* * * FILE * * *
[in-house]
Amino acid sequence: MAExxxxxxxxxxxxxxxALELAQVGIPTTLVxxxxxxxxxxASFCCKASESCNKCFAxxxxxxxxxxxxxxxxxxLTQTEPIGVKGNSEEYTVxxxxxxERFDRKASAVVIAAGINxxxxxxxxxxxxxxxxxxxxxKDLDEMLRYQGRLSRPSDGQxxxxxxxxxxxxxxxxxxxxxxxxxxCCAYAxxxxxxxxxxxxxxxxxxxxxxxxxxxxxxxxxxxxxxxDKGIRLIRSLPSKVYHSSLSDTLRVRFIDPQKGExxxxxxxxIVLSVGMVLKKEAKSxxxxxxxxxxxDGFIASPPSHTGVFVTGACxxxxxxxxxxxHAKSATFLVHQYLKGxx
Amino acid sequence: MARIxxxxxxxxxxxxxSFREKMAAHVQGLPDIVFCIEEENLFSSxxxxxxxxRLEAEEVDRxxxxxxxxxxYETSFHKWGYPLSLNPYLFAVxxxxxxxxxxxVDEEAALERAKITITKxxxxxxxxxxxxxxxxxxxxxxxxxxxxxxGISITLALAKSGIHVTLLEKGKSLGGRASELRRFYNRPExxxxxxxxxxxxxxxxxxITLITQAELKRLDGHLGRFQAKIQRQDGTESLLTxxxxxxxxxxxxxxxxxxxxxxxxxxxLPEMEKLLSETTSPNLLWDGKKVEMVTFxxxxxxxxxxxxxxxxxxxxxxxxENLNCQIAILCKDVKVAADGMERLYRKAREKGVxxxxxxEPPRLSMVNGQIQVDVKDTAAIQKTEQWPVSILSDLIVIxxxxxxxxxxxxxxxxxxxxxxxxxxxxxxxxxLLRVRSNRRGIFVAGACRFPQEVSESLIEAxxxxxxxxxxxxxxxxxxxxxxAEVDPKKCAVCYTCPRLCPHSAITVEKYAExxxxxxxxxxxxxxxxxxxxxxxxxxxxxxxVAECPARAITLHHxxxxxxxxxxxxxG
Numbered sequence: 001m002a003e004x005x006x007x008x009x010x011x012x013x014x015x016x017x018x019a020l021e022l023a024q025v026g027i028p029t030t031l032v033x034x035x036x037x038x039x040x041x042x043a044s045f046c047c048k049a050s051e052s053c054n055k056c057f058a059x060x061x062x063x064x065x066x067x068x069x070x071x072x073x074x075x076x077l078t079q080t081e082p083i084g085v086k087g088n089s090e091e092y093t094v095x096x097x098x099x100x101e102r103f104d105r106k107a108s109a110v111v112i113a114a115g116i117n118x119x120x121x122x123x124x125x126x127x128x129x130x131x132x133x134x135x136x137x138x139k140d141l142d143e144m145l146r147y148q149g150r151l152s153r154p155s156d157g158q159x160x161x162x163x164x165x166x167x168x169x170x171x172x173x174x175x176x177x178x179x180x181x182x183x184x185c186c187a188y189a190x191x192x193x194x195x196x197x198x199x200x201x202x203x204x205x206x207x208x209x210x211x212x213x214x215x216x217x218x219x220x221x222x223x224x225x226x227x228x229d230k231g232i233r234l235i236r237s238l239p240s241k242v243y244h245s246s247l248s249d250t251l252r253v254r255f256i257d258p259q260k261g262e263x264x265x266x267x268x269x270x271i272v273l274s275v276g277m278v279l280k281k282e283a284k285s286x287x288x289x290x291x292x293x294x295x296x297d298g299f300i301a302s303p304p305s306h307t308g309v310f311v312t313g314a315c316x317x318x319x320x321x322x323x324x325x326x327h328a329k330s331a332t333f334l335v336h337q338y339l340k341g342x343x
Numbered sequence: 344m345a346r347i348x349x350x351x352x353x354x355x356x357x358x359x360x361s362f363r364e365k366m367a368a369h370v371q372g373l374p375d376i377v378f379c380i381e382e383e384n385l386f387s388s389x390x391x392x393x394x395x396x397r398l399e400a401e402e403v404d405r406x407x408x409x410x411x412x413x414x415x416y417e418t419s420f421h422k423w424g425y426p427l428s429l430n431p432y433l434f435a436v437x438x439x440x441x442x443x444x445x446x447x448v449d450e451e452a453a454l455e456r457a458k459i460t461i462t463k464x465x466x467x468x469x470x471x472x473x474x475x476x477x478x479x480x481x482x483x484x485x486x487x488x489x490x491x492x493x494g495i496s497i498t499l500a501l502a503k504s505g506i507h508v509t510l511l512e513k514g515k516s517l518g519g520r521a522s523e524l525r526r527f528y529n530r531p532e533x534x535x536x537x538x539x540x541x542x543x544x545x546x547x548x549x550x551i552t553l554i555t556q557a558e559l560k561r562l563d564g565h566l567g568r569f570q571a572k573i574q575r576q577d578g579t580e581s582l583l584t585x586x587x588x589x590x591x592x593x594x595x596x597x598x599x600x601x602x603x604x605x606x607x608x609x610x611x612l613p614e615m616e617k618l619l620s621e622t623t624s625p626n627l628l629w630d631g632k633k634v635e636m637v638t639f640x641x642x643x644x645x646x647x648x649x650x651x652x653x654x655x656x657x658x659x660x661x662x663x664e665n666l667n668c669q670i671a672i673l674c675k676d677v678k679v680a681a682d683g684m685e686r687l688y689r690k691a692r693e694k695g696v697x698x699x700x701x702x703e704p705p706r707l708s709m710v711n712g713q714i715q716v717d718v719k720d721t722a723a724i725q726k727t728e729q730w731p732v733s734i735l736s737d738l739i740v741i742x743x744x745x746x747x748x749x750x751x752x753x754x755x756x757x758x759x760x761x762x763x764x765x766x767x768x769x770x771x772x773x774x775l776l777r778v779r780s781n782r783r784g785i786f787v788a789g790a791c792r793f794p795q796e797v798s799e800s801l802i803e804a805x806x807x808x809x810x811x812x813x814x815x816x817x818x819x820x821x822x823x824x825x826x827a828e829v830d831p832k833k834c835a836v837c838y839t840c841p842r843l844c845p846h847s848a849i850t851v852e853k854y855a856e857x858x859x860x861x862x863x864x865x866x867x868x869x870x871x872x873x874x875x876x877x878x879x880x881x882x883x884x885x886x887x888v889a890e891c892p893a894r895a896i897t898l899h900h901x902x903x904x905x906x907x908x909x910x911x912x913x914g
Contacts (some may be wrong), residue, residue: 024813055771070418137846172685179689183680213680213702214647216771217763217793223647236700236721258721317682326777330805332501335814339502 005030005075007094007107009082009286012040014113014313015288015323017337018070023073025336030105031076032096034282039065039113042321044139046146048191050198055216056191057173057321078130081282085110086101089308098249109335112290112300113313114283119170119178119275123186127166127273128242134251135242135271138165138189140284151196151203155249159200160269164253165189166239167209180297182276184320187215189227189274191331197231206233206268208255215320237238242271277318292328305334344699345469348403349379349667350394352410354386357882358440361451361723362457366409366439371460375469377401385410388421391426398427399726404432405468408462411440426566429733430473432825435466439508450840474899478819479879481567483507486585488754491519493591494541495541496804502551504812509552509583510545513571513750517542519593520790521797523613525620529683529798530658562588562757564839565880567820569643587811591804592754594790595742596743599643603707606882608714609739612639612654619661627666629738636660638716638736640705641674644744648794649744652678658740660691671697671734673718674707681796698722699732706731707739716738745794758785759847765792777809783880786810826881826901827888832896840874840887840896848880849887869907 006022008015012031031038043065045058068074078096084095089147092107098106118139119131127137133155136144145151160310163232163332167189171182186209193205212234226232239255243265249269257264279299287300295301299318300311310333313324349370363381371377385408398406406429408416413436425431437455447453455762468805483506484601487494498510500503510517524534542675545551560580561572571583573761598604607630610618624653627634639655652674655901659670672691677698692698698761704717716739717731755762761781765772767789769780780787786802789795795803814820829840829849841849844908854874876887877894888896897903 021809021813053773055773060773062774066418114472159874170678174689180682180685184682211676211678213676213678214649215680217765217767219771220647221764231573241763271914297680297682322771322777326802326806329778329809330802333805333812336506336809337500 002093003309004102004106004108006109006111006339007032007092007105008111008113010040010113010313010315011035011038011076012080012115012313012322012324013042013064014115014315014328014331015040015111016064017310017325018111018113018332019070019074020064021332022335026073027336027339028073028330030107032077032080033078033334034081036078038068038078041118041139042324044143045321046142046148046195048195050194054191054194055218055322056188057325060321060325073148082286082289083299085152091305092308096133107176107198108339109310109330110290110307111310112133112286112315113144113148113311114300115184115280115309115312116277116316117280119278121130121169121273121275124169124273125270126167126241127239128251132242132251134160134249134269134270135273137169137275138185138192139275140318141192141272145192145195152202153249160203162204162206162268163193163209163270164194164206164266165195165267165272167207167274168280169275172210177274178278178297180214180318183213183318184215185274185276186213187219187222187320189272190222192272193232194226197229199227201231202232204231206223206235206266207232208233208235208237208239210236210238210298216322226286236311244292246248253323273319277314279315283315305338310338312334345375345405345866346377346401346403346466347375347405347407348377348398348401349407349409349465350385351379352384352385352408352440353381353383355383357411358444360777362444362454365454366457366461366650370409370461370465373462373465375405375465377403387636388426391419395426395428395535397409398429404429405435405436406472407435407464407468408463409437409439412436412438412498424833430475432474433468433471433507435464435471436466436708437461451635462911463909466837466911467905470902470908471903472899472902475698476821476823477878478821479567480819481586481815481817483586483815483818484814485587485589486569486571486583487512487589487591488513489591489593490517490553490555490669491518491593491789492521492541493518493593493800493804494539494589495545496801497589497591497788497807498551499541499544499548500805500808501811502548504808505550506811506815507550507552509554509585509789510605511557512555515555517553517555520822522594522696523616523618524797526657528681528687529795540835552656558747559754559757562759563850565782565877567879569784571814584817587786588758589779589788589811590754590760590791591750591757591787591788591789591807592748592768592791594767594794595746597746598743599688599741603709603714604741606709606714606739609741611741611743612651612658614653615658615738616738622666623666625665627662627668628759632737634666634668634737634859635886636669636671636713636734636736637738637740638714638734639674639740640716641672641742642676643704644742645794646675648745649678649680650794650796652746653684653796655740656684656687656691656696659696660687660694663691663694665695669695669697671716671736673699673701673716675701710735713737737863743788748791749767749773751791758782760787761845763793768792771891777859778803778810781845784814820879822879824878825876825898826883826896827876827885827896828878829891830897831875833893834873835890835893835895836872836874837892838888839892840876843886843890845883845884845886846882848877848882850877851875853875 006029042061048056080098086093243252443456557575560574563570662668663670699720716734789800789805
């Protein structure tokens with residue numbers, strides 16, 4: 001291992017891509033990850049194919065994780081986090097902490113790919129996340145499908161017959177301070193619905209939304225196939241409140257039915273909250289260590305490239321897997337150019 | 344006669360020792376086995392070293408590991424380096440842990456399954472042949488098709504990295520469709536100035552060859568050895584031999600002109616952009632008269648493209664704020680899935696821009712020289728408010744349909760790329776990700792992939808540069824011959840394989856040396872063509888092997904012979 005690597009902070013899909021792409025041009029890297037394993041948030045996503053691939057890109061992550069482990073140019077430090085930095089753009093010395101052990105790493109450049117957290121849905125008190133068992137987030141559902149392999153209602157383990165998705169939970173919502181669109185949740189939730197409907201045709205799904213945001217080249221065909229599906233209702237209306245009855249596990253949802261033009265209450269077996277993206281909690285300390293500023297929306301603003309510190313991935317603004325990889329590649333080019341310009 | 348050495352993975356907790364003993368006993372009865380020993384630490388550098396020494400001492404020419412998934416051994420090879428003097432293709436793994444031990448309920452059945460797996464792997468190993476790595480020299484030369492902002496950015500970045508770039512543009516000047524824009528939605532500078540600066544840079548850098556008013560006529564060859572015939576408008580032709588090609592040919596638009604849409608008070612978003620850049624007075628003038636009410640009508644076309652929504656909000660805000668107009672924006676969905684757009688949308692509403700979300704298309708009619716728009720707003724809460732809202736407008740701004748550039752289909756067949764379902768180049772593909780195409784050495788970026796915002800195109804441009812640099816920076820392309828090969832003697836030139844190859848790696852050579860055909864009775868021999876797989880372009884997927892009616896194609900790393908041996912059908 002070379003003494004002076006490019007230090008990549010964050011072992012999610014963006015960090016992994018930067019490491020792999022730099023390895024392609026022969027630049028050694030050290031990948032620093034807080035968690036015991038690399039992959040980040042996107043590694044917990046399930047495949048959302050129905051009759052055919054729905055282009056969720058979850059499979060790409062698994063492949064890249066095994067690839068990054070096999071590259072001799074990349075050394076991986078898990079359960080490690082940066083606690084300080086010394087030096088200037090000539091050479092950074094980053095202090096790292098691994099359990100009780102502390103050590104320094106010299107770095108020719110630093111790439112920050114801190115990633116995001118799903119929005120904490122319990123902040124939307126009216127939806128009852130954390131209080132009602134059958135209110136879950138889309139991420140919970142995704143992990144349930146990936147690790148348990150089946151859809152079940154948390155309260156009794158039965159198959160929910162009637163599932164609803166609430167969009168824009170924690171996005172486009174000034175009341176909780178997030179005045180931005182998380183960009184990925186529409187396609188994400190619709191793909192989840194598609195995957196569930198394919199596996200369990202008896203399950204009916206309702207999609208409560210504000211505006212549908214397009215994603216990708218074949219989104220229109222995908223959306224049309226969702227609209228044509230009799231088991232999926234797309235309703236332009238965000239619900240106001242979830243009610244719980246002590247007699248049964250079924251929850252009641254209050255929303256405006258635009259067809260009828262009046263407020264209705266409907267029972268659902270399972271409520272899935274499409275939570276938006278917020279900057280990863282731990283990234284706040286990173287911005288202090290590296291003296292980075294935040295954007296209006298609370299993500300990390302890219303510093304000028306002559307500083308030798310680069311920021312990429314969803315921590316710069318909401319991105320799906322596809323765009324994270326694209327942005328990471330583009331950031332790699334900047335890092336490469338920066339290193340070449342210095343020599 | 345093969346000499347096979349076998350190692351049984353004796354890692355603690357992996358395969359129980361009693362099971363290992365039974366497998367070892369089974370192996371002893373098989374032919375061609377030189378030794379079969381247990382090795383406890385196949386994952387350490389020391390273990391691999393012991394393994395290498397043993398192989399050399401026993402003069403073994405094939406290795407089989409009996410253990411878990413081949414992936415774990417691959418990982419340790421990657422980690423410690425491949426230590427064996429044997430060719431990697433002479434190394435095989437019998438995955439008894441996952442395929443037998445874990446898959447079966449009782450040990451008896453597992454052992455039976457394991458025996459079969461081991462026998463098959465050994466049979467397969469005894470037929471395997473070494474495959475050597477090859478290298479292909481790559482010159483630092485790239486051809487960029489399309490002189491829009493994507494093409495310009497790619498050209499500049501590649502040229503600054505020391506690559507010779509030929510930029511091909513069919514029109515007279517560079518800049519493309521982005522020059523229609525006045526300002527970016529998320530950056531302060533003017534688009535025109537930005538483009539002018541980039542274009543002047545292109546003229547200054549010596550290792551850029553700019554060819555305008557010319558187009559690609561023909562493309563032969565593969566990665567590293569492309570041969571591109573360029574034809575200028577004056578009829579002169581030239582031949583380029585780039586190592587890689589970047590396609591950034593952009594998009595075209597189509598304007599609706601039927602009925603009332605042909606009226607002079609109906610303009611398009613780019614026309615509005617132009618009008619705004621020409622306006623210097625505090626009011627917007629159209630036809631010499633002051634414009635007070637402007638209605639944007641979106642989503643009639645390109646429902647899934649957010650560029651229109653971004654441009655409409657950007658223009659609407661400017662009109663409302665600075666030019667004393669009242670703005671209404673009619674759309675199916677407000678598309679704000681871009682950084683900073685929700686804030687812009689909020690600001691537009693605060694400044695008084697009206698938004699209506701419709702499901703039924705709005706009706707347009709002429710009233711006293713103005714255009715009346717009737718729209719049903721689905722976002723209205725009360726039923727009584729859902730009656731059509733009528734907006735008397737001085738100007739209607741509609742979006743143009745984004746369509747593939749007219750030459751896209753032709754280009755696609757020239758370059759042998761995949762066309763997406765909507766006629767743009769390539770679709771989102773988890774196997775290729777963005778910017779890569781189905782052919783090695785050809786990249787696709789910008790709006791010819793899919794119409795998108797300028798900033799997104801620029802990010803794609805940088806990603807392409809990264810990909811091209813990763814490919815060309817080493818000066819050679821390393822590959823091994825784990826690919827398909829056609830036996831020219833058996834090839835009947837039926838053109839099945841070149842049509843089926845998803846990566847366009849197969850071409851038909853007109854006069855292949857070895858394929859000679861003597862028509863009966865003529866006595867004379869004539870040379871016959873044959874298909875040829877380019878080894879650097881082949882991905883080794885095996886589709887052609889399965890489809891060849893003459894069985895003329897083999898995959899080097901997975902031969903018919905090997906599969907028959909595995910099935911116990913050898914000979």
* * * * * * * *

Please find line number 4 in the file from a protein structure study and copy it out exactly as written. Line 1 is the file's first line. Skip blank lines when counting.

Numbered sequence: 001m002a003e004x005x006x007x008x009x010x011x012x013x014x015x016x017x018x019a020l021e022l023a024q025v026g027i028p029t030t031l032v033x034x035x036x037x038x039x040x041x042x043a044s045f046c047c048k049a050s051e052s053c054n055k056c057f058a059x060x061x062x063x064x065x066x067x068x069x070x071x072x073x074x075x076x077l078t079q080t081e082p083i084g085v086k087g088n089s090e091e092y093t094v095x096x097x098x099x100x101e102r103f104d105r106k107a108s109a110v111v112i113a114a115g116i117n118x119x120x121x122x123x124x125x126x127x128x129x130x131x132x133x134x135x136x137x138x139k140d141l142d143e144m145l146r147y148q149g150r151l152s153r154p155s156d157g158q159x160x161x162x163x164x165x166x167x168x169x170x171x172x173x174x175x176x177x178x179x180x181x182x183x184x185c186c187a188y189a190x191x192x193x194x195x196x197x198x199x200x201x202x203x204x205x206x207x208x209x210x211x212x213x214x215x216x217x218x219x220x221x222x223x224x225x226x227x228x229d230k231g232i233r234l235i236r237s238l239p240s241k242v243y244h245s246s247l248s249d250t251l252r253v254r255f256i257d258p259q260k261g262e263x264x265x266x267x268x269x270x271i272v273l274s275v276g277m278v279l280k281k282e283a284k285s286x287x288x289x290x291x292x293x294x295x296x297d298g299f300i301a302s303p304p305s306h307t308g309v310f311v312t313g314a315c316x317x318x319x320x321x322x323x324x325x326x327h328a329k330s331a332t333f334l335v336h337q338y339l340k341g342x343x